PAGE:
Peter said to him, “Lord, why can I not follow you now? I will lay down my life for you.” Jesus answered, “Will you lay down your life for me? Very truly, I tell you, before the cock crows, you will have denied me three times.”
“Do not let your hearts be troubled” (14:1).
One of my favorite people to talk to when I want someone to listen is my Aunt Connie. She has a true gift for being a great listener. While there are times when I need advice, most times when I am dealing with an issue, I just need a good ear. If I need to get something off my chest or need to hear my ideas out loud, I can call on Aunt Connie. Some of my best revelations have come from her gift of listening.
The gift of listening is something that is underemphasized in the body of Christ, where fixing things is primary. People in ministry love to solve problems but sometimes we struggle to trust the process of listening.
I’ll even venture to say that beyond ministry, we all tend to solve problems first and listen later. However, listening first and responding later has many advantages. For one thing, it helps us to respond correctly the first time. Notice how Jesus never had to backtrack on anything he said. He never had to correct himself.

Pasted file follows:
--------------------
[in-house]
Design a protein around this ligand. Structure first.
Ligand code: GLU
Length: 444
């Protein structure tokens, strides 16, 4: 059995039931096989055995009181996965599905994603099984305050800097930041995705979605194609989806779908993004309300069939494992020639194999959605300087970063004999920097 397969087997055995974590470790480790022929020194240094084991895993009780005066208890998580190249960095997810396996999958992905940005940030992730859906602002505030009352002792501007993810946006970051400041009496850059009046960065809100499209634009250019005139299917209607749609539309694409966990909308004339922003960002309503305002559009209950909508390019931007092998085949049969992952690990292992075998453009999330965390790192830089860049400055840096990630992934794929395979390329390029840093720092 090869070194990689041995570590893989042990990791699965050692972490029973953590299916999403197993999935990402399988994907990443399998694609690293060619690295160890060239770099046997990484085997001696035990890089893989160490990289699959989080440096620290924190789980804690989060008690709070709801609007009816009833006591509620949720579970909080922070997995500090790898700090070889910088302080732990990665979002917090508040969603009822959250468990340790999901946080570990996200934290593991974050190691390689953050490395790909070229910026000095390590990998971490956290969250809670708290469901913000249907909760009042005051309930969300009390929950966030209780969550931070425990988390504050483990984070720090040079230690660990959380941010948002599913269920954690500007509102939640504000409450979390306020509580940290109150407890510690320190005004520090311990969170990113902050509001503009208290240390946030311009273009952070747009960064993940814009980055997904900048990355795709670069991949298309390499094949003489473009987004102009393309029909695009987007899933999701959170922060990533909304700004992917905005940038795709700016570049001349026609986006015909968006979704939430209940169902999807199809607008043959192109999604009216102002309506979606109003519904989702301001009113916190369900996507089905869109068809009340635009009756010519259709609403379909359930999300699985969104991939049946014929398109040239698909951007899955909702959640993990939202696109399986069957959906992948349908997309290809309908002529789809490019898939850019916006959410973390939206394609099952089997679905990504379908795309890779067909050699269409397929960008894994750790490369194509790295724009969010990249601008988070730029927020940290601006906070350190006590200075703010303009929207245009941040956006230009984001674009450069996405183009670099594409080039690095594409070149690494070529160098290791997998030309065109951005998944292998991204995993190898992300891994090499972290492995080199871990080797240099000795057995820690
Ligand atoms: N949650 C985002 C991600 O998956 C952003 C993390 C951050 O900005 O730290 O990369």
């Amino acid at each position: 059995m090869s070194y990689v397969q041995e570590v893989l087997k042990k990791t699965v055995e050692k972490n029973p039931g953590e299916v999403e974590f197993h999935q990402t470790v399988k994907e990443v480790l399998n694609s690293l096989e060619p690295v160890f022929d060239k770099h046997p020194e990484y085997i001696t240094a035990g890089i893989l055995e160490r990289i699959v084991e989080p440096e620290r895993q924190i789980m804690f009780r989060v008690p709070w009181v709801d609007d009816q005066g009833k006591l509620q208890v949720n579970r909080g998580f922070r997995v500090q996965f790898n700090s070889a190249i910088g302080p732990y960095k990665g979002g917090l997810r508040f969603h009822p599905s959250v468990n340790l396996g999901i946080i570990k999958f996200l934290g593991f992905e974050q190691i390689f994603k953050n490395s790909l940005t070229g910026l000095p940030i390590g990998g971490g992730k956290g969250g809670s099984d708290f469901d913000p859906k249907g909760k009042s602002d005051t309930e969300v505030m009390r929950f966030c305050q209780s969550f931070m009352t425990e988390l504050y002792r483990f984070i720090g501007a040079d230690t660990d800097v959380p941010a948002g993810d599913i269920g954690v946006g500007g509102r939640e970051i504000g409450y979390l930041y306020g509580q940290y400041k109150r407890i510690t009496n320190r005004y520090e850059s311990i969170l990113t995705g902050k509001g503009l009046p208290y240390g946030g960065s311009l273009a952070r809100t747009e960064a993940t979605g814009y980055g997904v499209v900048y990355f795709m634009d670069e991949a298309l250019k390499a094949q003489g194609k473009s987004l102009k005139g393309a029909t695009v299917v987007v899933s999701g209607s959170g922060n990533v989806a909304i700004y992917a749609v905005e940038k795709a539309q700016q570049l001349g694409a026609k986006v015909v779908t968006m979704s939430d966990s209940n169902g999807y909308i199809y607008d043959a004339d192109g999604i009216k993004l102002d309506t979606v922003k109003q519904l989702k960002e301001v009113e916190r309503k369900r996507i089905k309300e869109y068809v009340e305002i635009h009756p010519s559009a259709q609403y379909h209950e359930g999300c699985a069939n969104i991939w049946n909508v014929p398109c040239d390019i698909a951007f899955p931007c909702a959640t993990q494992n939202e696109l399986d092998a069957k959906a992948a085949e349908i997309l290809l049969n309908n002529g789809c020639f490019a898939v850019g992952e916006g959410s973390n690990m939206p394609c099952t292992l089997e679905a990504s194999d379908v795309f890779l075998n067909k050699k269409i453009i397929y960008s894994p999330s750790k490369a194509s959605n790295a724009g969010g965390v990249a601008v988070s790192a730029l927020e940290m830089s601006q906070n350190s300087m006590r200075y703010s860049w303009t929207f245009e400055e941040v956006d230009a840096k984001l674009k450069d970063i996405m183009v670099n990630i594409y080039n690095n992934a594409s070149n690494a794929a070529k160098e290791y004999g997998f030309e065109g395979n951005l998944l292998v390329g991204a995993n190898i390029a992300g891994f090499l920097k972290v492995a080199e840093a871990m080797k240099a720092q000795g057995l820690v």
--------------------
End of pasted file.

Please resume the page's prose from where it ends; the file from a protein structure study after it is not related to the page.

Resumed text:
Jesus often demonstrated the value of listening in his ministry. One of my favorite scenes of Jesus-type listening is in John 14:36-14:1 when Jesus foretells Peter’s denial. Peter said to him, “Lord, why can I not follow you now? I will lay down my life for you.” Jesus answered, “Will you lay down your life for me? Very truly, I tell you, before the cock crows, you will have denied me three times.”
Then, right after telling Peter the truth, Jesus says, “Do not let your hearts be troubled” (14:1). This is a case of Jesus-type listening. Jesus response was the result of him listening to Peter’s heart, which was in the right place although his courage would fail him. Jesus listened to Peter’s need and spoke a word of encouragement that he would need in the future. In other words, Jesus-type listening is hearing the person’s heart and responding with God’s heart.
In the course of our lives, we will be asked to minister to people through the act of listening. While it seems like such a simple task, our ability to hear people’s heart and respond with God’s heart is its own type of miracle.
Today, as you reflect, ask God to give you a heart for listening to people’s heart and responding with God’s heart.